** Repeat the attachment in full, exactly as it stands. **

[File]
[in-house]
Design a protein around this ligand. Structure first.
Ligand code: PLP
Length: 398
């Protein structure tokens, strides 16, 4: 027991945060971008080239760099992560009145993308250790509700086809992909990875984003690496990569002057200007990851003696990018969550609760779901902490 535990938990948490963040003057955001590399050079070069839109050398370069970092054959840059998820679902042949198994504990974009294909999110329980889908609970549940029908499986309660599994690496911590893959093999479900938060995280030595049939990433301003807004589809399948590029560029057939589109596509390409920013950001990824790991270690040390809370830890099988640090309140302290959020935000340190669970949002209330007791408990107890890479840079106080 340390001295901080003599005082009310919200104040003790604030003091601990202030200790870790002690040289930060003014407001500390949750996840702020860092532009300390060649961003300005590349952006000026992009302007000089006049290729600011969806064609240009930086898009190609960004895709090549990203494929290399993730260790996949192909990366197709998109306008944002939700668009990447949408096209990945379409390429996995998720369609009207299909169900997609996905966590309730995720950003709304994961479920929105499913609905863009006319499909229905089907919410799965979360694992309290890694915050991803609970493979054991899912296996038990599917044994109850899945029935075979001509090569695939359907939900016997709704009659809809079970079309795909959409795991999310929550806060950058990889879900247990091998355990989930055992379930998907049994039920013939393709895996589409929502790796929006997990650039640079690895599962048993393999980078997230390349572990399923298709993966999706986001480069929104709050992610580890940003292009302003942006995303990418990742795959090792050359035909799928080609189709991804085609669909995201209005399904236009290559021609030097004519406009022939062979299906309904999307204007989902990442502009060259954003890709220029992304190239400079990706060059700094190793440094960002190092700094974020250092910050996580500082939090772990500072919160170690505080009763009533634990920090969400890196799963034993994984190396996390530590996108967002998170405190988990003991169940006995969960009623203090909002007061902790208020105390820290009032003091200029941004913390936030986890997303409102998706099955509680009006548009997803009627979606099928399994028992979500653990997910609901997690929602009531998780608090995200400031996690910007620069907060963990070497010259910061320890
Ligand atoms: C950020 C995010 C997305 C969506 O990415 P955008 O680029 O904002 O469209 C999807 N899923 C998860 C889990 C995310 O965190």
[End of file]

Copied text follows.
[in-house]
Design a protein around this ligand. Structure first.
Ligand code: PLP
Length: 398
């Protein structure tokens, strides 16, 4: 027991945060971008080239760099992560009145993308250790509700086809992909990875984003690496990569002057200007990851003696990018969550609760779901902490 535990938990948490963040003057955001590399050079070069839109050398370069970092054959840059998820679902042949198994504990974009294909999110329980889908609970549940029908499986309660599994690496911590893959093999479900938060995280030595049939990433301003807004589809399948590029560029057939589109596509390409920013950001990824790991270690040390809370830890099988640090309140302290959020935000340190669970949002209330007791408990107890890479840079106080 340390001295901080003599005082009310919200104040003790604030003091601990202030200790870790002690040289930060003014407001500390949750996840702020860092532009300390060649961003300005590349952006000026992009302007000089006049290729600011969806064609240009930086898009190609960004895709090549990203494929290399993730260790996949192909990366197709998109306008944002939700668009990447949408096209990945379409390429996995998720369609009207299909169900997609996905966590309730995720950003709304994961479920929105499913609905863009006319499909229905089907919410799965979360694992309290890694915050991803609970493979054991899912296996038990599917044994109850899945029935075979001509090569695939359907939900016997709704009659809809079970079309795909959409795991999310929550806060950058990889879900247990091998355990989930055992379930998907049994039920013939393709895996589409929502790796929006997990650039640079690895599962048993393999980078997230390349572990399923298709993966999706986001480069929104709050992610580890940003292009302003942006995303990418990742795959090792050359035909799928080609189709991804085609669909995201209005399904236009290559021609030097004519406009022939062979299906309904999307204007989902990442502009060259954003890709220029992304190239400079990706060059700094190793440094960002190092700094974020250092910050996580500082939090772990500072919160170690505080009763009533634990920090969400890196799963034993994984190396996390530590996108967002998170405190988990003991169940006995969960009623203090909002007061902790208020105390820290009032003091200029941004913390936030986890997303409102998706099955509680009006548009997803009627979606099928399994028992979500653990997910609901997690929602009531998780608090995200400031996690910007620069907060963990070497010259910061320890
Ligand atoms: C950020 C995010 C997305 C969506 O990415 P955008 O680029 O904002 O469209 C999807 N899923 C998860 C889990 C995310 O965190």